I did notice the half human/half Atlantean thing in his character bio. I assumed it was a mistake? There are quite a few continuity errors with Firestorm, so I chalked it up to oversight. Why would a resurrection alter your origins?

David J. Cutler said...

Oh, also--Aquaman's scared to go back into the water. He hasn't been in the water since he returned from the dead. Does that mean his "weakness" is gone, too, or another oversight?

Count Drunkula said...

David - No, I assume they're considering Peter David's retcon of Aquaman's origin a mistake.

Anonymous said...

I agree with Ryan... as well planned out as Peter David's "Aquaman" was, he just went too far with a lot of things. Atlantis Chronicles was brilliant, but he just got stuck in that and didn't really moved forward... also the hook and the beard were an easy way out to make Aquaman look tough.

I really hope we get a new more respectable origin for Aquaman, and that his (stupid) 1 hour out of water weakness is completely forgotten!!!

Shellhead said...

A couple things:

A) Very glad to see the "got to have water or he dies" weakness retconned away. I mean, they have to have been out of the water for several days by now, right?

B) Rob, I don't question your love of Aquaman, but I do have an issue with your desire to undo 30 years of character development. Happy go lucky, adventurer Aquaman was fine . . . back in the 60's and early 70's, just like Adam West Batman was fine for that era. Now, I do agree it's time to lighten the mood a bit with Arthur, but as one who really enjoyed PAD's take on Orin (and obviously not alone considered that volume was Aquaman's longest run)I'd consider it a let down if he goes back to beating up the Fisherman whilst riding Storm and trading quips with Garth and Tusky the walrus. I'm kinda bummed he lost the water hand. I thought it added some versatility to his power set. Brightening up his worldview a bit, yes. Bringing back the silver age cheese, not so much. Arthur does best as a character with gravitas. Heavy is the crown and all that. Ah well, I guess time with tell.

rob! said...


Maybe I overdid it a bit, but I would love for Aquaman to get away from the embittered, tortured hothead that's been been for so long.

That kind of tense, Type-A personality works for Batman, but for most other heroes I think you need a little more sense of fun.

Aquaman's been dealing with so much death and misery since, like, the 70s(!), that I'd just like to see him and Mera off having superhero adventures.

Oh, and I really do hope they got rid of the "can only be out of water an hour" business. That was so ridiculously limiting.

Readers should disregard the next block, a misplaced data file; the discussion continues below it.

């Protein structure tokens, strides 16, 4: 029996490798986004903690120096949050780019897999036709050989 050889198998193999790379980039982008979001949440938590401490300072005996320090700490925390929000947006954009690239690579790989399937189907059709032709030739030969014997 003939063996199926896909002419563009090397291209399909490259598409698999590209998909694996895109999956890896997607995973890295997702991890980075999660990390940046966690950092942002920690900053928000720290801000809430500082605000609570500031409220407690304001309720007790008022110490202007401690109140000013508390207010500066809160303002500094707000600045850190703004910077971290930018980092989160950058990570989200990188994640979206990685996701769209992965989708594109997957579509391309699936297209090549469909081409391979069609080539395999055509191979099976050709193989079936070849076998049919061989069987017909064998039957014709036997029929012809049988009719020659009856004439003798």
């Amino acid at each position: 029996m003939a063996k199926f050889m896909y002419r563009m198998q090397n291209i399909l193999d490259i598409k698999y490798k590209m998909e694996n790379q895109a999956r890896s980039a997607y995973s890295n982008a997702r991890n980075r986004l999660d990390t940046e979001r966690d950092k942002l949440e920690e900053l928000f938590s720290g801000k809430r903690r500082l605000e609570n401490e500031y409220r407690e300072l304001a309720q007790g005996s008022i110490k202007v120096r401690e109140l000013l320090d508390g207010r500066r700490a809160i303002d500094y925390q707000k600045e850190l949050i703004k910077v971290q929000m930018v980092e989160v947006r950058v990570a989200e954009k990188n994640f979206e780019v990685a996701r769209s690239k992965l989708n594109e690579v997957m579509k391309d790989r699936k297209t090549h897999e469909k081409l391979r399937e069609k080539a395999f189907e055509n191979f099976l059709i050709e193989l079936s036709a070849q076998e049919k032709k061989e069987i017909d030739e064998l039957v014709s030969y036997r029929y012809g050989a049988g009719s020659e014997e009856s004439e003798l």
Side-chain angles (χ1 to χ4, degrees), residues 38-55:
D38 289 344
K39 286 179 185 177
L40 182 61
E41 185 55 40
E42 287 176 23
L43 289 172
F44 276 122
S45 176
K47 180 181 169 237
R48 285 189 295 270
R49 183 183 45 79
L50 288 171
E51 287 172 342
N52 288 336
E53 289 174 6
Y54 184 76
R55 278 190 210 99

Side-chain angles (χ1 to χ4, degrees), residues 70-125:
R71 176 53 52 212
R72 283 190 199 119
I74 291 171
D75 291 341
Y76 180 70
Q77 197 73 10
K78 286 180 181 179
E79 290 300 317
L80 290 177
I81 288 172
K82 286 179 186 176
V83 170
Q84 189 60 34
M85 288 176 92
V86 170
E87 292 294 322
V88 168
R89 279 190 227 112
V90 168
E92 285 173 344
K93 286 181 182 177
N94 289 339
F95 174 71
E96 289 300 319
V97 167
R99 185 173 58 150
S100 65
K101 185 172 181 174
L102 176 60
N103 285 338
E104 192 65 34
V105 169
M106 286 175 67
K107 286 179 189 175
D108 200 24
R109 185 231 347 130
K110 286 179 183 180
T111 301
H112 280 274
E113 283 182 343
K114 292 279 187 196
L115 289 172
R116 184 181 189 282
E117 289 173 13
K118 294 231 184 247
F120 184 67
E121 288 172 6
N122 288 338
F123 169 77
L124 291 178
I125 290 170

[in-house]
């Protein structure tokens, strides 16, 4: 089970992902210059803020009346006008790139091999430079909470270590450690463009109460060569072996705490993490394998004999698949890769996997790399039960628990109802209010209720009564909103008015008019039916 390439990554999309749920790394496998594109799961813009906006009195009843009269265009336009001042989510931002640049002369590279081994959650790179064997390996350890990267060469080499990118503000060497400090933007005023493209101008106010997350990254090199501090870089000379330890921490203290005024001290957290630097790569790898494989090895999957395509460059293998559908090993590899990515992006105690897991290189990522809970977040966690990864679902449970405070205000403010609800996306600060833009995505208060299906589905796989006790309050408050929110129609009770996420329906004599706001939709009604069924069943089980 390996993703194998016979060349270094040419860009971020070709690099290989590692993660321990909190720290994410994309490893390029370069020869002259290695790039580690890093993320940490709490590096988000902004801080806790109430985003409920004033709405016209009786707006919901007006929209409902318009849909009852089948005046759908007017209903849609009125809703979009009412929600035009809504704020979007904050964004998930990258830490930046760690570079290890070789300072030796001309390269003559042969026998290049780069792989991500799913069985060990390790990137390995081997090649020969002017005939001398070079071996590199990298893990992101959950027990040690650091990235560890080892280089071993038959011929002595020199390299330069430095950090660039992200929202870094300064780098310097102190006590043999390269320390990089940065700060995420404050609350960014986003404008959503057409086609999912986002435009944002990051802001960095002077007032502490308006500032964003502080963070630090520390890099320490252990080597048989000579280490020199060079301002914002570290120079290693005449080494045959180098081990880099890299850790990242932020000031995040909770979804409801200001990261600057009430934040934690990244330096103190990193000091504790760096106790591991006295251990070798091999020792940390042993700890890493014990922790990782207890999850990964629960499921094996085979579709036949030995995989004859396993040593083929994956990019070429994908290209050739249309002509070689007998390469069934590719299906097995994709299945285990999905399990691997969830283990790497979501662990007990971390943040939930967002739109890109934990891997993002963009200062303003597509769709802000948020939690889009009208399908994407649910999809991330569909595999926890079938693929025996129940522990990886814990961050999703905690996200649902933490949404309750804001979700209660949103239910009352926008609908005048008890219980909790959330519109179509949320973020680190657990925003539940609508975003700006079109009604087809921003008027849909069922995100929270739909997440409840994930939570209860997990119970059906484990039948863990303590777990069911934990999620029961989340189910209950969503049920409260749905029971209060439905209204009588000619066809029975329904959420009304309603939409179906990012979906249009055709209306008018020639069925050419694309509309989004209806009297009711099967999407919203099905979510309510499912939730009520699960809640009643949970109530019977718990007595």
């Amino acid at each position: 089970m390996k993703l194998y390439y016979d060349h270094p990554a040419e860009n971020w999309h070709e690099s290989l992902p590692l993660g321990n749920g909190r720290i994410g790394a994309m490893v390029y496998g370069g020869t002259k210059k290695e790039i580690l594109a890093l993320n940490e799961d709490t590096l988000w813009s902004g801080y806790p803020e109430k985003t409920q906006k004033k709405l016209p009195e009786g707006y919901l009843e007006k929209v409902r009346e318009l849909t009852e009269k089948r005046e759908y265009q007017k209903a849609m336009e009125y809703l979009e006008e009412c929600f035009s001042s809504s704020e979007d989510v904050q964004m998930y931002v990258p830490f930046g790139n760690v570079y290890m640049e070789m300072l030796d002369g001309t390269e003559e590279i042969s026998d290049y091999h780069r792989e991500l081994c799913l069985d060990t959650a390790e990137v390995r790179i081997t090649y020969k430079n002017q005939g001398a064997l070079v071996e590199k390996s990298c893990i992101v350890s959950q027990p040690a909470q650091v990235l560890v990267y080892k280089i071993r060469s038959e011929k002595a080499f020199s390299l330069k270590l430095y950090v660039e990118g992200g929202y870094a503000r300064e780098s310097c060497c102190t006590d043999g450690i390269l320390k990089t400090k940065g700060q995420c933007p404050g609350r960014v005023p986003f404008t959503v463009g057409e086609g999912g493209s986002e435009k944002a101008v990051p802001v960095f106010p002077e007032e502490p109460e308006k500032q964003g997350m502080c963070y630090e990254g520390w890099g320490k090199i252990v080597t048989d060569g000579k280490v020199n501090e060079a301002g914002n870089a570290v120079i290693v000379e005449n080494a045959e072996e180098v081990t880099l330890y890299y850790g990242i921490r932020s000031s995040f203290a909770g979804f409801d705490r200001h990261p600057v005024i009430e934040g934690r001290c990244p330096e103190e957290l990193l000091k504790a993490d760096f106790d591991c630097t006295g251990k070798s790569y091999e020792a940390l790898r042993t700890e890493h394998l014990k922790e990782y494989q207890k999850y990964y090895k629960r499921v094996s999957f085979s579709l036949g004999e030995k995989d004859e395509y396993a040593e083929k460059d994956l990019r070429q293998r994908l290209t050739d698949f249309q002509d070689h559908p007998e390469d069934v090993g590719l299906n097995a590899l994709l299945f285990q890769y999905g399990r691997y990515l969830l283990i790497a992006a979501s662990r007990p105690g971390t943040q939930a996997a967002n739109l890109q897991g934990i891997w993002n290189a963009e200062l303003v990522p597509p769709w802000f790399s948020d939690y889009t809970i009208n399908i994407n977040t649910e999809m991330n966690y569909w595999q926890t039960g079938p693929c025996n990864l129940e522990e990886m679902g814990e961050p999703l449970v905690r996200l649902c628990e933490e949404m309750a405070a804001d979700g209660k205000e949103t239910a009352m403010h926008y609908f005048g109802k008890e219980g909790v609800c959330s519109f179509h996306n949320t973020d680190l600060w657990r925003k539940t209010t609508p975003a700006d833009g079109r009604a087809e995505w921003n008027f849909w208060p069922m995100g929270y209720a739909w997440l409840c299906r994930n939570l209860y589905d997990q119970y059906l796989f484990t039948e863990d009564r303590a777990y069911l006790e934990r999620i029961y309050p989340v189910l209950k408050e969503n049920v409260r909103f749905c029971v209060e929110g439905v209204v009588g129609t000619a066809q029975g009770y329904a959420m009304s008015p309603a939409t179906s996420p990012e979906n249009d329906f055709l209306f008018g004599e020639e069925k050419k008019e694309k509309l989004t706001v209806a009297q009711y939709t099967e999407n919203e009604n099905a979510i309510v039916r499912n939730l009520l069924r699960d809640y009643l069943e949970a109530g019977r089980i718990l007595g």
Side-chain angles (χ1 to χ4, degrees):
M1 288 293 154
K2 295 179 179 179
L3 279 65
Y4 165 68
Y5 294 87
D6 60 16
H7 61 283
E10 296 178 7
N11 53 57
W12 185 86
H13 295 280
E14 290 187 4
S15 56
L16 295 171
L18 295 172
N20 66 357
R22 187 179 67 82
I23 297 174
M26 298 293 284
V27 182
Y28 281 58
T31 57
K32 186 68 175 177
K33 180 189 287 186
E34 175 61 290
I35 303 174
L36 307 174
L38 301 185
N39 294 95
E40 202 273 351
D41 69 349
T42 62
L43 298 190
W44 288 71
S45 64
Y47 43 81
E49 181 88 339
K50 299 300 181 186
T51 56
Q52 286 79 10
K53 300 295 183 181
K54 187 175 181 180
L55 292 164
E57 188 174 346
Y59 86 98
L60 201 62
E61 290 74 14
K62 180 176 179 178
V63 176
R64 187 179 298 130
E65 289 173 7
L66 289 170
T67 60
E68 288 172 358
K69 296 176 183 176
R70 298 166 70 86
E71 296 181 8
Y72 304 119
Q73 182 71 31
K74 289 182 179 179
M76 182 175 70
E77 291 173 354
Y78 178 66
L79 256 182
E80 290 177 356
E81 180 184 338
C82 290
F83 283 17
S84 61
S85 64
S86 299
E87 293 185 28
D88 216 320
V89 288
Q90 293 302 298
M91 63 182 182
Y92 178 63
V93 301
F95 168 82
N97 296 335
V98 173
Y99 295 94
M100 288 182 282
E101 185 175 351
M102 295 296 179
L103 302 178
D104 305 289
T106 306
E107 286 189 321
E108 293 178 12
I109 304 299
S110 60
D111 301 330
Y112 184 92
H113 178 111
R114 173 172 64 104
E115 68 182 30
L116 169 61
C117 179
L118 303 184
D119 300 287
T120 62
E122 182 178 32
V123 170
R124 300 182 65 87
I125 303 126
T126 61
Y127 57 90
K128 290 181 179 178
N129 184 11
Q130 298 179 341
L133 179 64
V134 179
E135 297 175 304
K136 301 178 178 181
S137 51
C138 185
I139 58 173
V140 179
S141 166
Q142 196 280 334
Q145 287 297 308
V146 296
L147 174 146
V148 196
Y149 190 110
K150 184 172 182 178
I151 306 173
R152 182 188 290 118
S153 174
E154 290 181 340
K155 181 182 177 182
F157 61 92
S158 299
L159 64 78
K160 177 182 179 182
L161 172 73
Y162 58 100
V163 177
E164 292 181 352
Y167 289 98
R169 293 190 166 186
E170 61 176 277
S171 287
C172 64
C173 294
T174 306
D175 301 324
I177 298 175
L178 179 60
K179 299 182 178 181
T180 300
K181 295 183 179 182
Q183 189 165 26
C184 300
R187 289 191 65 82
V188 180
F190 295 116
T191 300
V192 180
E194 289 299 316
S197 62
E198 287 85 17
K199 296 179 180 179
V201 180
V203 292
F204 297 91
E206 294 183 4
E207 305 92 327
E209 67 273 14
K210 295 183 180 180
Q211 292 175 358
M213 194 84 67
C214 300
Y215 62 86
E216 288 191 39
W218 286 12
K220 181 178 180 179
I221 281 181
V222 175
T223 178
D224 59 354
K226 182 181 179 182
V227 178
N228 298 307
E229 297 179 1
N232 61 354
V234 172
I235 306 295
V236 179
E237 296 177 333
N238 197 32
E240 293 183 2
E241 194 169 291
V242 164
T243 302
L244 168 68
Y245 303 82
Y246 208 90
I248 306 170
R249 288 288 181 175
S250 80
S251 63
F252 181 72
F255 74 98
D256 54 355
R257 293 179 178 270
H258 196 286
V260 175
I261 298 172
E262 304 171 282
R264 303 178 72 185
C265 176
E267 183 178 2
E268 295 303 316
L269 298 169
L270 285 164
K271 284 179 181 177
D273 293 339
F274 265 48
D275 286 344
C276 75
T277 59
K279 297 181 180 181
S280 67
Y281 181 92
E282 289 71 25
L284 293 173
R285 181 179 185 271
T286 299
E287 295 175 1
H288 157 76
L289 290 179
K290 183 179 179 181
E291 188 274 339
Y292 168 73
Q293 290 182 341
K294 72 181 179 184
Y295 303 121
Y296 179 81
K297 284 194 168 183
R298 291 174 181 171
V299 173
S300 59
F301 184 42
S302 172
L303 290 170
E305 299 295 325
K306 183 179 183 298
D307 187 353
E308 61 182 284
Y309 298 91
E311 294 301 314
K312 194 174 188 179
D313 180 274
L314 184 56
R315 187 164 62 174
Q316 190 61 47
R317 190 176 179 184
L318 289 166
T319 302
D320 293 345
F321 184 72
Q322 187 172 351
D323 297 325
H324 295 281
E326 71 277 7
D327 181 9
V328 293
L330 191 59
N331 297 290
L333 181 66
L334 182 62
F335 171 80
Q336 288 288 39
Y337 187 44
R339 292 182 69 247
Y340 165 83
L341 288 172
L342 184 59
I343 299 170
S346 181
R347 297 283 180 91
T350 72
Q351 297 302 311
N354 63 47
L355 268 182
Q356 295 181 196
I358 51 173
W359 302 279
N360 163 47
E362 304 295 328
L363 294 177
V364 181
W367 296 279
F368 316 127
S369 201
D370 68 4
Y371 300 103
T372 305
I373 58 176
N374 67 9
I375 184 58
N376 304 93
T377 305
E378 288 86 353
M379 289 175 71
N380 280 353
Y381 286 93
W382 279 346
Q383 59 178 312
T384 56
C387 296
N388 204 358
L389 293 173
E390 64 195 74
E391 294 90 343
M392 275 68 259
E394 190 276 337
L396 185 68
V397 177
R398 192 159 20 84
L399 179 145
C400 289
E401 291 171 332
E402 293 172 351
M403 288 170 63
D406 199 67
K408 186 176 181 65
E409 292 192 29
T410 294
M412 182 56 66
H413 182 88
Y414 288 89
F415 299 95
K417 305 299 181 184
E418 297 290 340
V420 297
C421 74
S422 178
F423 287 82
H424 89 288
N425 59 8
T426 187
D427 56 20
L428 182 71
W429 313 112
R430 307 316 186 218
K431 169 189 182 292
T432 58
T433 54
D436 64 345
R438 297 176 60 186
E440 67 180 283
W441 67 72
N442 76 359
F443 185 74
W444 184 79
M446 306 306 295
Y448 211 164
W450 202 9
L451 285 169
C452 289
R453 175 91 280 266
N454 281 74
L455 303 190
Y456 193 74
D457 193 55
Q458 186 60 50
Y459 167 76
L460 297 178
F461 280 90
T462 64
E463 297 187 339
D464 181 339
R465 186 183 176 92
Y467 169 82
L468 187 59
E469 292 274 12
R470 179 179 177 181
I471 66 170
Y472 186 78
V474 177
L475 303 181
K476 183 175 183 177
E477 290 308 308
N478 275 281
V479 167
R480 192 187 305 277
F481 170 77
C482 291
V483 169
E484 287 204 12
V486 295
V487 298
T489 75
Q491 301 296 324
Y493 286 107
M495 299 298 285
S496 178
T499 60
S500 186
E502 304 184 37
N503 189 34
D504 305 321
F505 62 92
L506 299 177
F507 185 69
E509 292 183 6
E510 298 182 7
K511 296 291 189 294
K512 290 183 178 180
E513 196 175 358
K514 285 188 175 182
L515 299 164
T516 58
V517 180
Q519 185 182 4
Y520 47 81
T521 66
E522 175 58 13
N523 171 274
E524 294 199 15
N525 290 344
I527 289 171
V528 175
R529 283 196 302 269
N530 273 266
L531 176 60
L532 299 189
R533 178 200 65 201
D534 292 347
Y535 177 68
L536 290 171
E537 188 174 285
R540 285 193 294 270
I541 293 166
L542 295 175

David J. Cutler said...

@Shellhead -- Haha I think Rob had it right. Character development is great and all, but not when it takes away what attracted people to the character in the first place. Can you imagine if Spider-Man behaved today the way the modern Aquaman does? No thank you. The personality change made him too similar to Namor, and I just think it was really the wrong way to go.

I see what they were going for--if he's a totally serious, grim 80s and 90s badass character, maybe people will take him more seriously. I think it just strikes people as silly though. "If Aquaman doesn't love being Aquaman, who's going to?"

@Ryan -- As much as I like the changes (if they are "changes" and not "mistakes"), I hate retcons without reboots. Looking back at the stories now, I have to ask myself... what counts? I mean, Orm was the son of Atlan, not Tom Curry... how can Aquaman's resurrection actually change who his father was? Are he and Ocean Master even related anymore? Did Atlan exist? Was Arthur cast out of Atlantis as a baby? Was he raised by dolphins? If not, did the hook hand thing even happen?

This totally changes the story, and I'm kind of more baffled than ever.

Count Drunkula said...


Here's the explanation/retcon I think they should take.

Basically, it boils down to Aquaman's Silver Age origin is the real origin: half human/half Atlantean, fun adventurer. But everything changed when Black Manta killed Arthur, Jr. You can say that Arthur suffered the world's worst case of Post Traumatic Stress Disorder after witnessing his infant son's murder. This emotional breakdown was where the "darkening" of Aquaman began, and it's where he began to "reject his humanity", first by rejecting his human name, and then his human heritage.